UBC prof behind Speculation Tax says it doesn’t actually target speculation
By Drew Penner
Ask University of British Columbia professor Tom Davidoff where the provincial NDP’s new housing tax came from, and he’s quick to take credit. Just don’t try to pin the “speculation” angle on him.
“I was like the big proponent,” he said of the tiered yearly charge levied on homeowners with with an un-rented second property in BC. “When we cooked it up we did not intend speculation at all.”
Davidoff is an American transplant who will pepper you with dozens of real estate concepts in rapid-fire succession, while explaining why he believes in raising some taxes and lowering others. So when he describes a flurry of 100+ emails pulsing back and forth between academics as he tried to come up with an idea the NDP could use to curb housing market pressures, well, you believe him. It’s what emerged this spring as the Speculation Tax.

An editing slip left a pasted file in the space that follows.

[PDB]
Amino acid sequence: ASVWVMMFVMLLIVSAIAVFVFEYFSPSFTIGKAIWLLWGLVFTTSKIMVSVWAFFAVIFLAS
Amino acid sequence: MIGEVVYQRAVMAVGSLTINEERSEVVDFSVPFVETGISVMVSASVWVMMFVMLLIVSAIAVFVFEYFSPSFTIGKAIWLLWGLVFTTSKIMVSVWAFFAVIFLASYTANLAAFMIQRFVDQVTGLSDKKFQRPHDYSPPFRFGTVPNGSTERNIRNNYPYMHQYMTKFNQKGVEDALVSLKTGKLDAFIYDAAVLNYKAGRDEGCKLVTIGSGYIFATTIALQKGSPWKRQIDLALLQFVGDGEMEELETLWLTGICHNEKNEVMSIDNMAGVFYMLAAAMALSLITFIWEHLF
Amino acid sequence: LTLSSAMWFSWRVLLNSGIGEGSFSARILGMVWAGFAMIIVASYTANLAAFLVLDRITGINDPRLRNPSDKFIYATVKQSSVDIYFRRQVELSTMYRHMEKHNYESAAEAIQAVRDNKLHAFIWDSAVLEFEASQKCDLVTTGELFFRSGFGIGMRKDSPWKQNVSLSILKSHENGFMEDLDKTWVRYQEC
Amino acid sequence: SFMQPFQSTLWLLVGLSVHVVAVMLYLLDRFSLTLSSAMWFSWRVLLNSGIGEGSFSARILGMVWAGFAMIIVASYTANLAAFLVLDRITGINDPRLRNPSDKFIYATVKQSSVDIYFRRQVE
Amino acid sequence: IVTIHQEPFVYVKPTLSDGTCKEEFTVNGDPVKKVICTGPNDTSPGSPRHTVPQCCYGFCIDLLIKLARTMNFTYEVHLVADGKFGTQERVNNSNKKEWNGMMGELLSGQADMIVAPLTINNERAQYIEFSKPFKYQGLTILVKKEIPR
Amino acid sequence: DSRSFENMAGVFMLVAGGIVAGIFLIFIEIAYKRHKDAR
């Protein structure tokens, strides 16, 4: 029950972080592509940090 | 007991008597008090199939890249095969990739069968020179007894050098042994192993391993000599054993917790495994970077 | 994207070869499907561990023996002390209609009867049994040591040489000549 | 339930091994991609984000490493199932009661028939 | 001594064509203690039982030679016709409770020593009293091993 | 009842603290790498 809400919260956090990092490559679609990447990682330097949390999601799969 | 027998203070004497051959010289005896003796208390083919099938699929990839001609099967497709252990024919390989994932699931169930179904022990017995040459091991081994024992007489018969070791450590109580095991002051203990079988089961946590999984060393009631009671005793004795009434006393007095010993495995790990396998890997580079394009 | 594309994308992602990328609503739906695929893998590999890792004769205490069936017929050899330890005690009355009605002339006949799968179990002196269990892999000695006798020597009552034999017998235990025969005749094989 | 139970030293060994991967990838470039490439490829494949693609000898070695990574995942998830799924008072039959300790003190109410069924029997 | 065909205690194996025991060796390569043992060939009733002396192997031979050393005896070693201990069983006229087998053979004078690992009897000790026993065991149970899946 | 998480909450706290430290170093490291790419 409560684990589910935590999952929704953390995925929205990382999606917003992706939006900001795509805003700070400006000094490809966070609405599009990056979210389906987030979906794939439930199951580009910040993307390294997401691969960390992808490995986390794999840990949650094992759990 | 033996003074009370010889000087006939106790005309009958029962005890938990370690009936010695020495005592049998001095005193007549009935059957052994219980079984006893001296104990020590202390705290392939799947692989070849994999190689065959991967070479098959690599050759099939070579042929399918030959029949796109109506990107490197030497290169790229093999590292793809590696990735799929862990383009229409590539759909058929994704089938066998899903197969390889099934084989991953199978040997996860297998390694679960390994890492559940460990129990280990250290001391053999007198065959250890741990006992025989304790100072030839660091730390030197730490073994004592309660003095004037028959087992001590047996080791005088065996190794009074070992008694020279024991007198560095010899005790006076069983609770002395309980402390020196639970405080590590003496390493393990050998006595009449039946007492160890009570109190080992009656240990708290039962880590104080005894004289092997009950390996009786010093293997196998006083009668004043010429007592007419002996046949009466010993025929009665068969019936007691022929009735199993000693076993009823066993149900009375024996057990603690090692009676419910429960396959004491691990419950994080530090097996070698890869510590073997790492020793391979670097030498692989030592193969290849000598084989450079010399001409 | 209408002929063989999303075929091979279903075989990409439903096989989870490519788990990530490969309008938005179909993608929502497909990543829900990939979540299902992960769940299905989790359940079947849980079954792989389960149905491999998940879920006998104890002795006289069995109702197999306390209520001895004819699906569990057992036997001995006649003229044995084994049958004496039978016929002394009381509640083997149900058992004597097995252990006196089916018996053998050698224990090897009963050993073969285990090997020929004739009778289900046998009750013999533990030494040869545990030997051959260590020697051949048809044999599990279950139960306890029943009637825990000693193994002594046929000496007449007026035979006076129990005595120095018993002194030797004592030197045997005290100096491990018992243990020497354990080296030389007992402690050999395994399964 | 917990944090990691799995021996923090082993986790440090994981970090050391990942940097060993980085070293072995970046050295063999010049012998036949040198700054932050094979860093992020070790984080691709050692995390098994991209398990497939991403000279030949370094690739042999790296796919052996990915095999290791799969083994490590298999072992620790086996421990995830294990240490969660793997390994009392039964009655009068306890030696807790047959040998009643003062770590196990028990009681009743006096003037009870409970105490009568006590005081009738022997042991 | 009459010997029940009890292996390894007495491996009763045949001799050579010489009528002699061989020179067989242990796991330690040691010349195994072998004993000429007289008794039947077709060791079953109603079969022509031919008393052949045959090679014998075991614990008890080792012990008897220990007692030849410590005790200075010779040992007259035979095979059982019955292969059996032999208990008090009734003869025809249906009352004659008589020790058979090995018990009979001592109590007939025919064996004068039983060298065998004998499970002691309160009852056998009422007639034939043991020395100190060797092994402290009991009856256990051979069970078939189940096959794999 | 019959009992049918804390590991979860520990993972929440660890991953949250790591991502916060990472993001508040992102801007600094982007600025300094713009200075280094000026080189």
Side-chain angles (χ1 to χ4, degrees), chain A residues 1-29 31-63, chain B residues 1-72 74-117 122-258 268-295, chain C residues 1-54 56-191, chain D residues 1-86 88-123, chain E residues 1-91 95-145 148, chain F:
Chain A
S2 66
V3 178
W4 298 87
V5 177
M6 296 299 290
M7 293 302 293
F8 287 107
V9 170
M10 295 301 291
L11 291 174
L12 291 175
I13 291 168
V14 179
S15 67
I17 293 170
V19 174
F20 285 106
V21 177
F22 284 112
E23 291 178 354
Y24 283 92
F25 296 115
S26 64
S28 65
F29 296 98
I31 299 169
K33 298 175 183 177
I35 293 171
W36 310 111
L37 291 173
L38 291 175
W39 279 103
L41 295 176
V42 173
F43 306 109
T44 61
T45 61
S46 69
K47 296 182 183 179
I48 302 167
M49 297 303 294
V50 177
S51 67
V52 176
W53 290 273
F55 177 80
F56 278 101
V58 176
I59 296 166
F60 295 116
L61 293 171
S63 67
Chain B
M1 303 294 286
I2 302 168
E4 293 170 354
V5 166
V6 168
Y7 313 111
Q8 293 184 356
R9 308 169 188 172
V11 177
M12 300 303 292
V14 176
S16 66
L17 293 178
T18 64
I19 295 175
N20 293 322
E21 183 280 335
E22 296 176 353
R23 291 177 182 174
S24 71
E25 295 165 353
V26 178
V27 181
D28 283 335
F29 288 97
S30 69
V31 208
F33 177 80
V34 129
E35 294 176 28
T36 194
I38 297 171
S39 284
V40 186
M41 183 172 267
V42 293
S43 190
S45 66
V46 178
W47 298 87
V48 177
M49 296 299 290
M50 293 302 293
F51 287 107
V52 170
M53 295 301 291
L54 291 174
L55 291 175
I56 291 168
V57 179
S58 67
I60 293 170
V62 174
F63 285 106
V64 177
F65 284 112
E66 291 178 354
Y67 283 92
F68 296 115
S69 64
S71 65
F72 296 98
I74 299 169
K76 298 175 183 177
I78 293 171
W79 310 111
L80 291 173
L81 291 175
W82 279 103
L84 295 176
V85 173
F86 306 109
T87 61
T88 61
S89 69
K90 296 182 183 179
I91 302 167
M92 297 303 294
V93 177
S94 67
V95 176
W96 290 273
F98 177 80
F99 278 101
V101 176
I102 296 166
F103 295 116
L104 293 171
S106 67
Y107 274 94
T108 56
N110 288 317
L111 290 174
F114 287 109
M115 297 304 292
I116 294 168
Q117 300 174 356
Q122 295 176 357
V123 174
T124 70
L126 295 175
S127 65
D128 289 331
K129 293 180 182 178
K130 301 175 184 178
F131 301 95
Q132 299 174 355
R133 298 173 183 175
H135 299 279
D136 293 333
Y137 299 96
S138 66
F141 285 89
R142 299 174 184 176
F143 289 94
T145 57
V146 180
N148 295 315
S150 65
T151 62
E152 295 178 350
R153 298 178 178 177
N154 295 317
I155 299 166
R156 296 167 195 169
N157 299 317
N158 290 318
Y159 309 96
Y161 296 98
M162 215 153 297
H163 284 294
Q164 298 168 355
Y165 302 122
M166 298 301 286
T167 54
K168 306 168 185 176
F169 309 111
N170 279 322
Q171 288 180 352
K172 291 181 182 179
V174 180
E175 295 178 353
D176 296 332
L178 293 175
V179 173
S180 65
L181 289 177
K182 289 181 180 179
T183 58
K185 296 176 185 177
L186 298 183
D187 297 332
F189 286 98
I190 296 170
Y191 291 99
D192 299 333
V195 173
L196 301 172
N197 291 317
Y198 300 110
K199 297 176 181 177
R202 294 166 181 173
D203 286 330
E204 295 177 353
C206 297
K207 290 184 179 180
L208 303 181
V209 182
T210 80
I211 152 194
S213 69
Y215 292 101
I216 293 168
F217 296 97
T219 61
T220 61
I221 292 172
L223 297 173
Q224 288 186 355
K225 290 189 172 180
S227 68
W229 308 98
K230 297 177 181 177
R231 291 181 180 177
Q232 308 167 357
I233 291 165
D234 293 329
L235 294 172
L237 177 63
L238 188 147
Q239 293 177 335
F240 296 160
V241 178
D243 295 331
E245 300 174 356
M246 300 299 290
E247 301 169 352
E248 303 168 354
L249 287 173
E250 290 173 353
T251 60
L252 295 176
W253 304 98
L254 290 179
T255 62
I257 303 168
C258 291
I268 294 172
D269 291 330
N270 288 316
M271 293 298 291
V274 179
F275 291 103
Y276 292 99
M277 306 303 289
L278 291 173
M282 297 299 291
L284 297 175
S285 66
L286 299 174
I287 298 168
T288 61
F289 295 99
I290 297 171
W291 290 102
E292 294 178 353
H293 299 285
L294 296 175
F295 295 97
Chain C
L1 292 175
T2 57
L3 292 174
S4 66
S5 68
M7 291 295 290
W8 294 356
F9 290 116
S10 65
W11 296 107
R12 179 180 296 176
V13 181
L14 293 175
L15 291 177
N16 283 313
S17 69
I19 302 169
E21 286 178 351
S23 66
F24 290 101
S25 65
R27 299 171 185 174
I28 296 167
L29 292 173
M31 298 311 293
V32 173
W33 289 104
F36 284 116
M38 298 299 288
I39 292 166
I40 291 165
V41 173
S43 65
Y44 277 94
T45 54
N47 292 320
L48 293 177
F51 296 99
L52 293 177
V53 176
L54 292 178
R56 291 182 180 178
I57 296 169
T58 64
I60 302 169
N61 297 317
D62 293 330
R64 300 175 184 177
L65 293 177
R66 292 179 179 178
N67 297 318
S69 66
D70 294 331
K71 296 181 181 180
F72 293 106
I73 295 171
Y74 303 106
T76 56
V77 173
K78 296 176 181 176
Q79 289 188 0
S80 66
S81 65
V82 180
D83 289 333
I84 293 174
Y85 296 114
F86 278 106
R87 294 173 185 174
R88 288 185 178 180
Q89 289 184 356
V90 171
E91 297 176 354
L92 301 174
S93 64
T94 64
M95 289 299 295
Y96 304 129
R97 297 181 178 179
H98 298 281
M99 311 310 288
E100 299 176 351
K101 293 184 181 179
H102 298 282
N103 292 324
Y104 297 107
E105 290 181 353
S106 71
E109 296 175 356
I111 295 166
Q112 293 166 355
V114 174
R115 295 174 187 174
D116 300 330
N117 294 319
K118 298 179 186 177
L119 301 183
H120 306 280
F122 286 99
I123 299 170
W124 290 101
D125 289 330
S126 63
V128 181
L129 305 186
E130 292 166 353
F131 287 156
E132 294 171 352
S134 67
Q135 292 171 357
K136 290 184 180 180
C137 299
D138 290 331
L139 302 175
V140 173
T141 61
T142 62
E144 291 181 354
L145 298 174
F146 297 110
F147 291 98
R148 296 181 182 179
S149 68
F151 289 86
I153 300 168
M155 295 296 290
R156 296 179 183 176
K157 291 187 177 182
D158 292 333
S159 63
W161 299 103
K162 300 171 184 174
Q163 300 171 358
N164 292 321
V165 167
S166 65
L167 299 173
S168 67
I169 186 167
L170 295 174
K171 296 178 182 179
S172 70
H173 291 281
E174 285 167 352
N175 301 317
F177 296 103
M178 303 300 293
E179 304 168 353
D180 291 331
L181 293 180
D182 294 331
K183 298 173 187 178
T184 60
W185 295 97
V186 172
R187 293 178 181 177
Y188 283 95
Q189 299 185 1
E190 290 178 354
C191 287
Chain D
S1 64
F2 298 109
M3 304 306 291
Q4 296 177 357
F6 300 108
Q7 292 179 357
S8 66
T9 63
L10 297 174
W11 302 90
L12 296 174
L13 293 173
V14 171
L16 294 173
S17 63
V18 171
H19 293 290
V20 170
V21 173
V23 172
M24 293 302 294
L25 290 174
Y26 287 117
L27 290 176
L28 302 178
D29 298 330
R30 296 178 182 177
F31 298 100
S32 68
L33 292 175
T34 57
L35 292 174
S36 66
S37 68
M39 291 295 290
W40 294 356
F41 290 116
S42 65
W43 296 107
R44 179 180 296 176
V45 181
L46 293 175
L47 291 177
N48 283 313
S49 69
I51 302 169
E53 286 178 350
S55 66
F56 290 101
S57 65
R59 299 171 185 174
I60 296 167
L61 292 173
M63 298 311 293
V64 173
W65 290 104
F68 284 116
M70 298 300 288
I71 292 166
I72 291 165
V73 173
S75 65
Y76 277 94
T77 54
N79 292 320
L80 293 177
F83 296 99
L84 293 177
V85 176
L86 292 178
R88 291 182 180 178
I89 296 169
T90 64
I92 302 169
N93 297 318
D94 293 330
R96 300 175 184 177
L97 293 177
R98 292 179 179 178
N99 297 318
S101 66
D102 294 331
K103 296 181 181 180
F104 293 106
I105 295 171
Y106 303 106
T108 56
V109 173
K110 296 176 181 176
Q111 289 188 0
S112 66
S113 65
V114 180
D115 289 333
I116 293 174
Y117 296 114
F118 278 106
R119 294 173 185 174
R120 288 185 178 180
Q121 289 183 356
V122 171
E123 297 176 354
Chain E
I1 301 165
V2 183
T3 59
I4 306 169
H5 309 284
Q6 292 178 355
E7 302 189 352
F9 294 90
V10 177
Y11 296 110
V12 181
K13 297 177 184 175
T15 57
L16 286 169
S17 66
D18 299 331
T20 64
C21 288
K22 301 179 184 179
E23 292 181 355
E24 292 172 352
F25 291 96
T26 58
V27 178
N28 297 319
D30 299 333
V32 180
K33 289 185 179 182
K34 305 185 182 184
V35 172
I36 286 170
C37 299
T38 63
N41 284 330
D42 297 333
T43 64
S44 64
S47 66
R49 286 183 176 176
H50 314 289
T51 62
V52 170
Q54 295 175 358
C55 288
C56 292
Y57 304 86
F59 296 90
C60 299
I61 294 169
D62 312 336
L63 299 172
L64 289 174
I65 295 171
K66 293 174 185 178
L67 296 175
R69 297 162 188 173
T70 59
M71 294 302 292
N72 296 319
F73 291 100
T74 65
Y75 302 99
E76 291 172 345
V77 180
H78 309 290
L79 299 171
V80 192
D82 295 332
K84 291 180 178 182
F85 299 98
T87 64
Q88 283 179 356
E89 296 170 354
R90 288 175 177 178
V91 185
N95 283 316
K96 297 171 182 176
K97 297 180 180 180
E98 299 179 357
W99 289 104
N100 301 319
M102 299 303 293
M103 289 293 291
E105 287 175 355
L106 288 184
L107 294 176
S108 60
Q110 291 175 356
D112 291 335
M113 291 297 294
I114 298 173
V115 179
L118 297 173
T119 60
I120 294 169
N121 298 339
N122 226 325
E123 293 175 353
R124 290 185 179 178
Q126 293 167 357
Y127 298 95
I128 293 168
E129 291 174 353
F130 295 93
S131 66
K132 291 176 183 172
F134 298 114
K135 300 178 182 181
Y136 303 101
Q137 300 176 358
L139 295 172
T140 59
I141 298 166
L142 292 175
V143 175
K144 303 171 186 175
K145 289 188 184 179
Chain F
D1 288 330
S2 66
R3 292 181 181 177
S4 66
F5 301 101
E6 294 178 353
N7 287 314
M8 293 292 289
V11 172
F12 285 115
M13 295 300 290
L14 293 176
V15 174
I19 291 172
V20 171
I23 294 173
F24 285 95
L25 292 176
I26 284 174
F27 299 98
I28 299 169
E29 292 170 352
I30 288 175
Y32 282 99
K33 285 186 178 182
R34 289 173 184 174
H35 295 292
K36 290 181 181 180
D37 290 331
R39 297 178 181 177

After feeling the Christy Clark cold shoulder, when she was leading the province, he got a warmer response from David Eby. He’d also done time teaching at UBC and was at that point in opposition with the NDP, looking for ammunition.
“He was very receptive,” Davidoff said of the man whose government bio proclaims a love of yoga, band duties, and comedy – specifically of the local variety. “I got to know him.”
We can only surmise about backroom downward dog positions and half-baked jokes he may have had to take in to push the tax hike to the top of the heap. But whatever it took, when the NDP ascended in a too-close-to-call-until-recount election, they latched onto key elements of the idea as a centrepiece of their economic agenda.